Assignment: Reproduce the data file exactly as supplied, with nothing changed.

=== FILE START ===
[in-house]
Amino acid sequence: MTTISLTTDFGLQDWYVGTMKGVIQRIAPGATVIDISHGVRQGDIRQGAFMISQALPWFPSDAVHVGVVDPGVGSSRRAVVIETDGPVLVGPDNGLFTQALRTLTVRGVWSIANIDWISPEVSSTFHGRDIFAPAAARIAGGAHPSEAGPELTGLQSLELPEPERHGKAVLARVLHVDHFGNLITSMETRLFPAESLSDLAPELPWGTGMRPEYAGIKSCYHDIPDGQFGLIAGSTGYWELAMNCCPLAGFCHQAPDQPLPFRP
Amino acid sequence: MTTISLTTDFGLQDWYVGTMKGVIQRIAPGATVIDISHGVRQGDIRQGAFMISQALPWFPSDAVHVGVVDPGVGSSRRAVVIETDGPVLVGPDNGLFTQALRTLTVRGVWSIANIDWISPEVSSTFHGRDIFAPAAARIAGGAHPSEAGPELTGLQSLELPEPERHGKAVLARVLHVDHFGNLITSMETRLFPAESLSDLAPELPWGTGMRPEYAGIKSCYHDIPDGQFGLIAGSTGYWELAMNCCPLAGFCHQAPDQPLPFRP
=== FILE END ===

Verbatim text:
[in-house]
Amino acid sequence: MTTISLTTDFGLQDWYVGTMKGVIQRIAPGATVIDISHGVRQGDIRQGAFMISQALPWFPSDAVHVGVVDPGVGSSRRAVVIETDGPVLVGPDNGLFTQALRTLTVRGVWSIANIDWISPEVSSTFHGRDIFAPAAARIAGGAHPSEAGPELTGLQSLELPEPERHGKAVLARVLHVDHFGNLITSMETRLFPAESLSDLAPELPWGTGMRPEYAGIKSCYHDIPDGQFGLIAGSTGYWELAMNCCPLAGFCHQAPDQPLPFRP
Amino acid sequence: MTTISLTTDFGLQDWYVGTMKGVIQRIAPGATVIDISHGVRQGDIRQGAFMISQALPWFPSDAVHVGVVDPGVGSSRRAVVIETDGPVLVGPDNGLFTQALRTLTVRGVWSIANIDWISPEVSSTFHGRDIFAPAAARIAGGAHPSEAGPELTGLQSLELPEPERHGKAVLARVLHVDHFGNLITSMETRLFPAESLSDLAPELPWGTGMRPEYAGIKSCYHDIPDGQFGLIAGSTGYWELAMNCCPLAGFCHQAPDQPLPFRP